It’s been a bit since I’ve wrote about cast iron cookware, so I thought I’d continue my past post by talking about it now.
One of the best things about Heritage trail cooking is the ability to make incredibly good tasting food from scratch. It’s really a thrill to have someone comment on how surprised they are. Most folks assume outdoor cooking cannot compete with the precision of indoor cooking. For instance, take this no knead bread recipe. Most folks would assume there’d be burnt crust or soggy insides. Well, maybe the first couple times it might look pretty unusual but the taste would still come through the ugly end of it. This recipe lets you practice indoors under a controlled situation. Practice makes perfect.
My desire in teaching you all this trail cooking and such is to get you to be able to survive in case a gas or electric stove is not available. I’m not a doomsday person so much as a believer that if I was ever put in a situation (unlike those folks in NJ for instance, I’d still be puttin’ out some mighty fine dinners on what I could scrape together).
I believe every cook should have the skills to survive in any situation. My great grandfather and grandfather were honest to gosh mountain men. They trapped for the Canadian Hudson Bay fur company in Montana and Idaho. Those skills did not die with them, they passed down a lot of their ‘living off the land’ knowledge to their kids and us grand kids. learning to survive off the land does not start with hunting or trapping. It starts with learning what to cook and how to cook it.
So, try out this recipe and when you get it down, do it for your friends, they’ll wonder what else you’re hiding from them!
The time required for the recipe is about 1½ hours plus 14 to 20 hours’ rising.
• 3 – 3 1/2 cups of any sort of flour plus a bit more for dusting. Start with 3, add more if needed
• 1¼ teaspoons salt
• 1 teaspoon sugar
• 1 envelope (¼ ounce) of yeast
• 1½ cups very warm water (not hot but around 120-125 degrees)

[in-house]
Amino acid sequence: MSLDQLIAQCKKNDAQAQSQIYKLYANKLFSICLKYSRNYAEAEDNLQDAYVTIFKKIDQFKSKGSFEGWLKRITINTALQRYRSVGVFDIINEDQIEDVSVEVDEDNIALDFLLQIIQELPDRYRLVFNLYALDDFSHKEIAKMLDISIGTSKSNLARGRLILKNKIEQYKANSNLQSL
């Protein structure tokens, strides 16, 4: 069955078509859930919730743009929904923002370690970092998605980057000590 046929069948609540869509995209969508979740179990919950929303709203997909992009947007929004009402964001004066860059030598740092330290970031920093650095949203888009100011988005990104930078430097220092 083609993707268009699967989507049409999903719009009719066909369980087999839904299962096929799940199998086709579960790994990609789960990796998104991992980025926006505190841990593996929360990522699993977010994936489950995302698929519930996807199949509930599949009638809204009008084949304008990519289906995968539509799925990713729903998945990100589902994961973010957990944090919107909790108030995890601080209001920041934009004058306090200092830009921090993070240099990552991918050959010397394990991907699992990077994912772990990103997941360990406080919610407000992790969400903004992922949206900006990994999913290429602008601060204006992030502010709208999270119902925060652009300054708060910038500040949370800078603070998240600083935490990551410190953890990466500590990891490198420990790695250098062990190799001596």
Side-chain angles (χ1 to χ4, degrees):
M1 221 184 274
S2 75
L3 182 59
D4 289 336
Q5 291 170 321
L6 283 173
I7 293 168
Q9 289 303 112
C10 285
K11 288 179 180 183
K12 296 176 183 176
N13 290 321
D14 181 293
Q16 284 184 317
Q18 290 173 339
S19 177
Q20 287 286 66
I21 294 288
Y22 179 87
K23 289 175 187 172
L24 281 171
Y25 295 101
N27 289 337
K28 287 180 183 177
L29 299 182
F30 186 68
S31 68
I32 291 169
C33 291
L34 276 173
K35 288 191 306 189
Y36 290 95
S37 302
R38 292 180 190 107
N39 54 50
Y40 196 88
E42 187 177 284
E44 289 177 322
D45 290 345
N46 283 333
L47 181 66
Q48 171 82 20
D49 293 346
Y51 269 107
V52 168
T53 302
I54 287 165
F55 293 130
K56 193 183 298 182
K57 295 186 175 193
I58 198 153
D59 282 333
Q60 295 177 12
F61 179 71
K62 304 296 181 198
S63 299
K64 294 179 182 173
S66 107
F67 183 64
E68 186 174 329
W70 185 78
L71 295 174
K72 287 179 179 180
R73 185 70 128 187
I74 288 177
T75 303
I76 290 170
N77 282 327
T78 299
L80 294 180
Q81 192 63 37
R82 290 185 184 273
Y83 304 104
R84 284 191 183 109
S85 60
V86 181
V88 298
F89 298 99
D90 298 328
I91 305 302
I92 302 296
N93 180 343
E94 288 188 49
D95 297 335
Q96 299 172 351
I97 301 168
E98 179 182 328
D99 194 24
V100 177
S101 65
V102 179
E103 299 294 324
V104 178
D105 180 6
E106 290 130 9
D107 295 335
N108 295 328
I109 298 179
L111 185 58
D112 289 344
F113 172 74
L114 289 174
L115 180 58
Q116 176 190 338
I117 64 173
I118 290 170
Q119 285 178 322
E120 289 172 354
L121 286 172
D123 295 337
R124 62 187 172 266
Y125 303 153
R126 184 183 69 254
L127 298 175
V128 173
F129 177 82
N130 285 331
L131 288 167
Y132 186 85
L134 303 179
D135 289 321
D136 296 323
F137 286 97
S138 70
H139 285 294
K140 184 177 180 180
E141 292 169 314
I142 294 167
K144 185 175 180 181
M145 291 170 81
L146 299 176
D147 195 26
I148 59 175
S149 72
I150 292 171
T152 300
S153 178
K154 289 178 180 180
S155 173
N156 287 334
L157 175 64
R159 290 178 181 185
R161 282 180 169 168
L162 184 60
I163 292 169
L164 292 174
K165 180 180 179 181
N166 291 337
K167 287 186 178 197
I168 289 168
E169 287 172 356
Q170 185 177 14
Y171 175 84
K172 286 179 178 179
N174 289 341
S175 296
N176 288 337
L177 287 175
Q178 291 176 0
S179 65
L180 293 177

- Combine the flour, salt, sugar and yeast in the bowl of an electric mixer fitted with a dough hook. If mixing by hand, use a large bowl and a strong wooden spoon to mix the dry ingredients.
2. Turn mixer to speed 2 and mix about 1 minute or by hand until well blended.
3. Gradually add very warm water ( 120º F works well) and continue to mix.
4. Stir until blended; dough will be shaggy and sticky.
5. Continue to mix well until the dough begins to pull away from the sides of the bowl.
6. Cover bowl with plastic wrap.
7. Let dough rest at least 8 hours, preferably 12 to 18, at warm room temperature. the dough is ready when its surface is dotted with bubbles.
8. Lightly flour a work surface and place the dough on it; sprinkle it with a little more flour and fold it over on itself once or twice.
9. Cover loosely with plastic wrap and let rest about 15 minutes.
10. Using just enough flour to keep dough from sticking to work surface or to your fingers, gently and quickly shape dough into a ball.
11. Generously coat a smooth cotton towel or bakers cloth with flour.
12. Put dough seam side down on towel and dust with more flour.
13. Cover with another similar cotton towel and let the dough rise for about 2 hours until doubled.
14. At least a half-hour before dough is ready, heat oven to 500° F. (see note below for outdoor campfire cooking)
15. Place your 6 – to 8quart cast iron Dutch oven with its lid on into the oven.
16. When dough is ready, carefully remove your hot Dutch oven from the oven using a pair of good oven mitts. Place lid temporarily on a trivet or the stove top.
17. Remove your mitts and slide your hand under the towel and turn dough over into your Dutch oven, seam side up. Now put your mitts back on!
18. Cover with lid and bake 35 minutes.
19. Remove the bread from the Dutch oven by turning it upside down on your towel or let it cool on a rack with one of the cotton towels covering it for at least 1 hour before slicing. (The towel will slow the escaping moister, leaving your bread soft and chewy.)
Note for outdoor cooking. Preheat your cast iron Dutch oven on the campfire by placing the oven over a large bed of hot coals. Place a heaping amount of coals in the lids top.
When hot, remove your Dutch oven from the deep bed of hot coals using the handle and your mitts or use your lifter. Use your lid lifter to remove the lid.
Make sure you place the lid on a clean surface, (but not a picnic table or anything else that can be damaged by heat! A log works well for this).
Place your dough in the Dutch oven as listed above. Before placing your Dutch oven over the coals, rake them a bit smoother than pre heating. Bake as above. Check after 25 minutes.